Continuing this theme, today’s big news was TiVo’s announcement that they plan to let users download onto an iPod ANY television show that they’ve recorded at home. What we have here is the marriage of two of the most disruptive media technologies the world has ever seen. What makes a “disruptive technology” truly disruptive, in my opinion, is the way it completely changes consumer expectations such that the old ways of doing business suddenly become increasingly difficult and then quickly impossible. That’s what TiVo and iPod are doing to the world of entertainment media delivery and use. The old mass media playbooks are being torn up and throw out the windows.

TiVo revolutionized the video experience by changing consumer expectations regarding when and how we viewed video programming. We no longer have to be sitting in front of the TV at a specific time just to catch a certain show we like; that show will now wait till we’re ready to watch it. Similarly, Apple’s iPod has revolutionized our listening experience by doing the same for audible media. We now expect our entire music collection (and all new music we buy) to be (a) digitized & intangible, (b) perfectly portable, and (c) playable on multiple devices. And iPod is in the video deliver business now too helping to change expectations in a similar way.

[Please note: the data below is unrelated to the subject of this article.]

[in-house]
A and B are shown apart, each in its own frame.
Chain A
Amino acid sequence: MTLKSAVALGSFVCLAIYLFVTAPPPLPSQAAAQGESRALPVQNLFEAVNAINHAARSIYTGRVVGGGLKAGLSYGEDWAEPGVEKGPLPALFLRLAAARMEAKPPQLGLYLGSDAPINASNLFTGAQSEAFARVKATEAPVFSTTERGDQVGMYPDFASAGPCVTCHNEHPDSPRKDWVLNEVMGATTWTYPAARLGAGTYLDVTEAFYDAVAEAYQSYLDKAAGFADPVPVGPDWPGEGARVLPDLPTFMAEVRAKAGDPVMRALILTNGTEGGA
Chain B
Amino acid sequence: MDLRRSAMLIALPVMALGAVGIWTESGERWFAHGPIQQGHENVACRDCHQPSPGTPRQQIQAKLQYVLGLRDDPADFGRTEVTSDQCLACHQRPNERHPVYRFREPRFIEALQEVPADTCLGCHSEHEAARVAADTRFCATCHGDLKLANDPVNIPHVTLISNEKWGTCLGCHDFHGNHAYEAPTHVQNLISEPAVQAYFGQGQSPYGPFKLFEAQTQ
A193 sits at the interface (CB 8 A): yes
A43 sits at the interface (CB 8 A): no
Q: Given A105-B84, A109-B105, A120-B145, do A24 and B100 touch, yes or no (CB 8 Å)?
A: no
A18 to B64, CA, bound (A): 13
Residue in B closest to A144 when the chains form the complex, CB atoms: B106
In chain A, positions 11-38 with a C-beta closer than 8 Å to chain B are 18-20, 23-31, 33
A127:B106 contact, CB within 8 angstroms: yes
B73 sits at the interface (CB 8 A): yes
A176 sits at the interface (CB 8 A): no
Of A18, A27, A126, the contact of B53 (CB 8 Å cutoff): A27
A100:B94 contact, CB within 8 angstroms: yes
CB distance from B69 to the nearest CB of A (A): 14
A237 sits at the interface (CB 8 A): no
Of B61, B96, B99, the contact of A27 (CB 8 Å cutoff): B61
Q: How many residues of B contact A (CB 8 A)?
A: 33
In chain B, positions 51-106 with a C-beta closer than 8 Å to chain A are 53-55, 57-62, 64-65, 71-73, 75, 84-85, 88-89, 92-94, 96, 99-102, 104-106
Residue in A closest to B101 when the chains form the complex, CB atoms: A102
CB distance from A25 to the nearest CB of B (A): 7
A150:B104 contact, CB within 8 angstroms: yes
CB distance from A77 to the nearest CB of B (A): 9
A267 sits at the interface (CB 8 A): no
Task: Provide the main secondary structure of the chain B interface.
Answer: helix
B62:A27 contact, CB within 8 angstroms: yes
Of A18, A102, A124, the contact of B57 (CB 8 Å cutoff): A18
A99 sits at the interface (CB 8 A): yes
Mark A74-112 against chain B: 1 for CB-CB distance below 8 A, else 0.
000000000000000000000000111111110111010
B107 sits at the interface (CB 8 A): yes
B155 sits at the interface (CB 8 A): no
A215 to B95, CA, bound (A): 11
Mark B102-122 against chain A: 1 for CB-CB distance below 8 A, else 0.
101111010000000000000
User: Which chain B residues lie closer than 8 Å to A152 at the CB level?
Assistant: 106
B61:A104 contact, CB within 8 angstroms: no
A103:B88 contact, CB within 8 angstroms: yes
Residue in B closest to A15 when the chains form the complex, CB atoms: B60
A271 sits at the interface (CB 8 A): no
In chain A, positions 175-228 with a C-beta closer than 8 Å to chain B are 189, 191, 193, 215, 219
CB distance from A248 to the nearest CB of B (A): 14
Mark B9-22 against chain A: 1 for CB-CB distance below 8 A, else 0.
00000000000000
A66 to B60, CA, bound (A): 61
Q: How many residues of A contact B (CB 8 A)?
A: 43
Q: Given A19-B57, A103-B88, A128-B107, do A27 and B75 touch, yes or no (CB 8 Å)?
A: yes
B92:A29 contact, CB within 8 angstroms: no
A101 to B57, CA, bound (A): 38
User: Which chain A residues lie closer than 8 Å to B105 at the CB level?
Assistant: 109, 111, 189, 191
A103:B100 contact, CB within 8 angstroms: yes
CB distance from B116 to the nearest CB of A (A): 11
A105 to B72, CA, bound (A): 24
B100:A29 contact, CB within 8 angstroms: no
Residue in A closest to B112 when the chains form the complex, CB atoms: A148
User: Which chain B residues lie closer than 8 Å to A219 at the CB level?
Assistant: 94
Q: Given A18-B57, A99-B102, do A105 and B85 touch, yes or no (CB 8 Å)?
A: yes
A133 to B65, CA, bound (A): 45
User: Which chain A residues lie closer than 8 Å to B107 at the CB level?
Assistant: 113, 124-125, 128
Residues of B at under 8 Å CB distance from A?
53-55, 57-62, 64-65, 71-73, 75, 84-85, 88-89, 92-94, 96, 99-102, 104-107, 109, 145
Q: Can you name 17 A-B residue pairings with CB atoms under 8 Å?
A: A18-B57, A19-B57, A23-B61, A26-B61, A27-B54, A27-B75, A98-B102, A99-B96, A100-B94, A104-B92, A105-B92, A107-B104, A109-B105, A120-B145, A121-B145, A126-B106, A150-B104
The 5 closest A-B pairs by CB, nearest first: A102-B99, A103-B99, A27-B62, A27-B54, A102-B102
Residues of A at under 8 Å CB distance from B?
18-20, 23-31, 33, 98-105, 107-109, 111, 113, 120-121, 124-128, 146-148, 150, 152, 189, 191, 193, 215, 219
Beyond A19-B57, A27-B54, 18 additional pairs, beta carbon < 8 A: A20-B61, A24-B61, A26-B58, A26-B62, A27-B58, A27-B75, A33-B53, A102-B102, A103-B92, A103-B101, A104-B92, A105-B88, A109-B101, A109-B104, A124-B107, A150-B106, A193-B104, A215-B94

In sum: TiVo and iPod’s appearance on the scene have shattered the old “you’ll get it when we send it, however we want to send it to you” model and replaced it with an “anytime you want it, any way you want it” mentality. Media operators who buck this trend are probably doomed in the long run.

Oh, by the way, TiVo said today that they were going to offer all these new video space-shifting services for PlayStation Portables (PSPs) too. In my new book on the futility of trying to regulate content in a world of media abundance and convergence, I kick off the introduction to the book by asking the reader to imagine a future where every possible piece of content–videos, music, news, games, websites, photos, etc., etc.–is available for instantaneous use on their mobile media devices. And then I tell the reader to open up their eyes and take a look at what their kids at doing at this very moment. Chances are, they are already using their iPods and PSPs to do all that and more. The future is now, and I am enjoying the ride.

Last Friday, PFF hosted a forum on the Google Print battle featuring 4 excellent panelists. I’m not going to go into all the issues at stake in this debate, but I did find it interesting that the panel of legal experts speaking at the event spent so much time focusing on transaction costs, something we usually only hear about when the panel consists of a bunch of economists. Economists love to engage in debates over transaction costs issues because they often dominate many public policy disputes. But what role should transaction cost-based analysis play in the outcome of the Google dispute with publishers?